What You’ll Remember About It: Everything, really. The dreamscape illustrations by Lane Smith, the message about empathy and community and the importance thinking beyond yourself, the heroine’s name (Capable — how great is that?), but really: this one, for me, is all about the writing and the humor. “She soon found that it was not all that much fun being the sort of person who eats a big dinner in a warm house while others shiver on their roofs in the dark. That is, it was fun at first, but then got gradually less fun, until it was really no fun at all.” You want a book that gets talked about at the dinner table? This is the one. Deeply wise, generous in spirit. Hard to overstate how much I love it.

The Animal Family by Randall Jarrell (above)
Ages: 6+
What You’ll Remember About It: One of our finest poets doing the storytelling, and a young Maurice Sendak providing the woodcutty illustrations? Seriously, what could be better? A perfect little fable, starring a hunter and a mermaid, about the comforts of family. “Below them the white-on-green of the waves was lined along the white shore — out beyond, the green sea got bluer and bluer till at last it came to the far-off blue of the island. There were small seals on the seal rocks, and the little gray spot out above the waves was a big black-and-white osprey waiting for a fish. But no fish came, and it hung there motionless. Everything lay underneath them like something made for them; things got smaller and smaller in the distance but managed, somehow, to fill the whole world.” Now that’s writin’!

A Barrel of Laughs, A Vale of Tears by Jules Feiffer (above)
Ages: 6+
What You’ll Remember About It: You already know how we feel about Jules Feiffer in our house. In addition to being an iconic New Yorker cartoonist and the man who kicked off our daughter’s comic book obsession, he also happens to be the author of some really memorable chapter books. Chief among them: the exquisitely-titled Barrel of Laughs, the plot of which is too unconventional and playful to explain here. (The reader is part of the narrative, I’ll just say that much.) This one breaks open, for young readers, the endless possibilities of storytelling.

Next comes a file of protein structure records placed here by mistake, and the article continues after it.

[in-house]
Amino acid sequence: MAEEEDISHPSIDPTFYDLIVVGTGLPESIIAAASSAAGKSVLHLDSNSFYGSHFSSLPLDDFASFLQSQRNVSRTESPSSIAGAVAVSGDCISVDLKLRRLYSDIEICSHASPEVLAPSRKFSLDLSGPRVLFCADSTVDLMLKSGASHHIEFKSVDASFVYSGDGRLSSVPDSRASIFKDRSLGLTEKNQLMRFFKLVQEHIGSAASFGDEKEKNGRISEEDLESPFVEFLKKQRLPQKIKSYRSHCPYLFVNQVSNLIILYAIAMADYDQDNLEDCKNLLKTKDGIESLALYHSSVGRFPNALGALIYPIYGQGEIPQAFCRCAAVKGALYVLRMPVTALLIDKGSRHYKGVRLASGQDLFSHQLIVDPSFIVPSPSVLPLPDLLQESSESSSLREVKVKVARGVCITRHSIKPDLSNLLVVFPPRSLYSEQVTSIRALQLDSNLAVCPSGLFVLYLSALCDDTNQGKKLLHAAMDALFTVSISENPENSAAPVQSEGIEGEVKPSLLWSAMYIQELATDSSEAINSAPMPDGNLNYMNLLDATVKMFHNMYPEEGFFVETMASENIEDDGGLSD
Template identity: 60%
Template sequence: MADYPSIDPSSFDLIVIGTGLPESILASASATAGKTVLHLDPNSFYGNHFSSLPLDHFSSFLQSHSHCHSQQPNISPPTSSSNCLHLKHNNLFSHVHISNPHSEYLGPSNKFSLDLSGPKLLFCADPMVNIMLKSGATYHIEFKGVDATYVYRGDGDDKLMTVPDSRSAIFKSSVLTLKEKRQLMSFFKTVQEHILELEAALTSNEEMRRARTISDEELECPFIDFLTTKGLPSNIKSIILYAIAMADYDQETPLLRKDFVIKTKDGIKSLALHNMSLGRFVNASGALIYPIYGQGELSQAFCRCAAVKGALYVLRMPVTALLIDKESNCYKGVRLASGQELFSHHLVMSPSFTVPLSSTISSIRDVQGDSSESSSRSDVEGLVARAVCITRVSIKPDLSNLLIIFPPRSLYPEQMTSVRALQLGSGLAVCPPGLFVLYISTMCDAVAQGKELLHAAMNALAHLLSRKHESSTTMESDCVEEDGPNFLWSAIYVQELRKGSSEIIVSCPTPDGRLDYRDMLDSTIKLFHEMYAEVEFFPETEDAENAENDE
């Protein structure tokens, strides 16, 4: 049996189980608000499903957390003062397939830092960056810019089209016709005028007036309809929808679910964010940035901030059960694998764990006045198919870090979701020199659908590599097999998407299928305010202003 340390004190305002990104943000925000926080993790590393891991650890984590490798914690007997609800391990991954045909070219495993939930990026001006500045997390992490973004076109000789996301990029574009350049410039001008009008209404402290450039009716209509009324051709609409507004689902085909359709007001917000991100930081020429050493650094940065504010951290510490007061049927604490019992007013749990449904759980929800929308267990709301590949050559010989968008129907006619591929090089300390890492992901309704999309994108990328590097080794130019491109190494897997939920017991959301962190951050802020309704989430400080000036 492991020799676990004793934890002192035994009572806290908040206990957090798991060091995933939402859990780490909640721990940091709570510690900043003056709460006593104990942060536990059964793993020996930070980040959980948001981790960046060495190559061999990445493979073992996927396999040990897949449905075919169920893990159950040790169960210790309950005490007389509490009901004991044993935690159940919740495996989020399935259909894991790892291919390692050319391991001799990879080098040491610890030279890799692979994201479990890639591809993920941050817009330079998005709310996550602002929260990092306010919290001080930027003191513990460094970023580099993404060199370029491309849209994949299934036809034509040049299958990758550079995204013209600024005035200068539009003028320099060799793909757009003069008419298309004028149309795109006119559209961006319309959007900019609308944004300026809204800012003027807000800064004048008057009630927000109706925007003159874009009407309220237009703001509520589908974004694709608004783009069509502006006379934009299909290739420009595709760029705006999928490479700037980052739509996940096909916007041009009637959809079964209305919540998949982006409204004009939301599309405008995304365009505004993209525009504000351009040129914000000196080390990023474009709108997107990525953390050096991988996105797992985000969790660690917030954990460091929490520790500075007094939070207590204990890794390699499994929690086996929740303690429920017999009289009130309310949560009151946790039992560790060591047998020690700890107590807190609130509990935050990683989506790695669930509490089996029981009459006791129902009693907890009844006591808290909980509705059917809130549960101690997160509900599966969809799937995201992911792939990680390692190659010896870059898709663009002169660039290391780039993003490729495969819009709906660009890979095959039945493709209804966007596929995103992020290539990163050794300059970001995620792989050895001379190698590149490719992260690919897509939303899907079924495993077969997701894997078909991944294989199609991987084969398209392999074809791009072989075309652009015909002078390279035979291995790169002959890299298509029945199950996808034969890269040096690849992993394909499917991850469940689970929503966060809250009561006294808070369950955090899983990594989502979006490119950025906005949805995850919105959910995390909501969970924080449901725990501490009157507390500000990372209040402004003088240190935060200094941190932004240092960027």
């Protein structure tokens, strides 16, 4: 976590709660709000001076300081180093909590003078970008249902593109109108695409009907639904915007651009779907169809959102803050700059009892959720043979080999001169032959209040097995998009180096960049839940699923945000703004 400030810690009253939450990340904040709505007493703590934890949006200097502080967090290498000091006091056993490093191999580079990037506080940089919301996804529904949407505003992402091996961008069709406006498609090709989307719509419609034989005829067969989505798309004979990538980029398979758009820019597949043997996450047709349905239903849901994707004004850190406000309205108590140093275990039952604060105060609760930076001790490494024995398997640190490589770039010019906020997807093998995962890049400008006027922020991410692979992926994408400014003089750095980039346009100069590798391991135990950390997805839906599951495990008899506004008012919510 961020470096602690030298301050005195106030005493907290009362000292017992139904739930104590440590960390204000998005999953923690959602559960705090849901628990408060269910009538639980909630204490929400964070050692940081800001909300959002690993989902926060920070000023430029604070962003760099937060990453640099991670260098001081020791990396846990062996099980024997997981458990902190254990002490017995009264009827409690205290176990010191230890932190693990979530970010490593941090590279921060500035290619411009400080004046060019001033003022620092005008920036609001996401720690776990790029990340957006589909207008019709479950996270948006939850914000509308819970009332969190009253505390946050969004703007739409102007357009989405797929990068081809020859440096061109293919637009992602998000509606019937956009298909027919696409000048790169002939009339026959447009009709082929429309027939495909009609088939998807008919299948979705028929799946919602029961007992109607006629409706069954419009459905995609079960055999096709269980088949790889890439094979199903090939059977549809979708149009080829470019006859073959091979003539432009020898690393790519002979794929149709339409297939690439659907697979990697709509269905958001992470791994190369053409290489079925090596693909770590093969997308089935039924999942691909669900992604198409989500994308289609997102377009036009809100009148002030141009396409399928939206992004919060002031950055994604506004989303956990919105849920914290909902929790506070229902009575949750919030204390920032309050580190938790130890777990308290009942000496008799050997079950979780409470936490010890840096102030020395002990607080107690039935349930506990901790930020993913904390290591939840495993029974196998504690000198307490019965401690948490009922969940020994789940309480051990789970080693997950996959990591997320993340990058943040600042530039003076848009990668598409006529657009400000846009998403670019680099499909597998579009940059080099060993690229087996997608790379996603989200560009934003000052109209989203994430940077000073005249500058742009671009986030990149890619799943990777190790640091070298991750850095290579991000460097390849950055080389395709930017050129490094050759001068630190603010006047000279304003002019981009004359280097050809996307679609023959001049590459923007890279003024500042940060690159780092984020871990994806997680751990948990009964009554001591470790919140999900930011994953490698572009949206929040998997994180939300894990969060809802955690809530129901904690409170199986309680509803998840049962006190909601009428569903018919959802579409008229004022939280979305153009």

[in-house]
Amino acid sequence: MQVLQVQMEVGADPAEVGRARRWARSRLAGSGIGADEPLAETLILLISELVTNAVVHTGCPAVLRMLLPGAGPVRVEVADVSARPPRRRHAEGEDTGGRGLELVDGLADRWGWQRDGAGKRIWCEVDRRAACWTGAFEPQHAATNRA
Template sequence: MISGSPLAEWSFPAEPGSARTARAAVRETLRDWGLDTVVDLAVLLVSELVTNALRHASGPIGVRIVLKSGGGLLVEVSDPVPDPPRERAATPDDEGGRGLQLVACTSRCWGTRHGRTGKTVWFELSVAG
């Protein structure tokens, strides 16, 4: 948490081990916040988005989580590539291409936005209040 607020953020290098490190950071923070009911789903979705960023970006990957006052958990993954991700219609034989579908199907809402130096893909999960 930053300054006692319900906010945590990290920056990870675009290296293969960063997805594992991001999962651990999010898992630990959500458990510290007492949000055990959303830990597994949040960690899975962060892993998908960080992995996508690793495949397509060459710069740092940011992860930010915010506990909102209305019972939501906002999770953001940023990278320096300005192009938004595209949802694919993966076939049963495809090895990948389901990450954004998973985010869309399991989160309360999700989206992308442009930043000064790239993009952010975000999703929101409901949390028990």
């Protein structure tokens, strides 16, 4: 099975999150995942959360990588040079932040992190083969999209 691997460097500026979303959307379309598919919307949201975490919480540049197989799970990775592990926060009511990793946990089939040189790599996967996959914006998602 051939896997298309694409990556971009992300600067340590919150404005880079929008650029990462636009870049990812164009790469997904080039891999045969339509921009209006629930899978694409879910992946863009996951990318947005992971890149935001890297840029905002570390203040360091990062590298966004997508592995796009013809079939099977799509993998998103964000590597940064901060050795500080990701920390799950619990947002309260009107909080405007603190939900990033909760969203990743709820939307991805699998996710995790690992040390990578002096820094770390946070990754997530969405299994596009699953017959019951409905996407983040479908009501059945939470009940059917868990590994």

The Trumpet of the Swan
Ages: 6+
What You’ll Remember About It: See above.

The Book of Three by Lloyd Alexander
Ages: 8+
What You’ll Remember About It: The kind of sad fact that, despite all the Newberry Awards and the covers touting “three million copies sold,” Lloyd Alexander probably did not get the respect he deserved for this richly imagined, thrilling series — the first series I ever remember tearing through, the first fictional world I remember not ever wanting to leave. If your kid likes Tolkien or Rowling, give this a shot.

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Love the list! I always give books as gifts, for all occasions. I remember reading The Animal Family as a child but had forgotten it- will have to get a copy for my daughter. I know it’s easy to order from Amazon, but I buy books at my local independent bookstore- they are lovely places to browse and I hope to keep them in business so my children can enjoy them for years to come as well.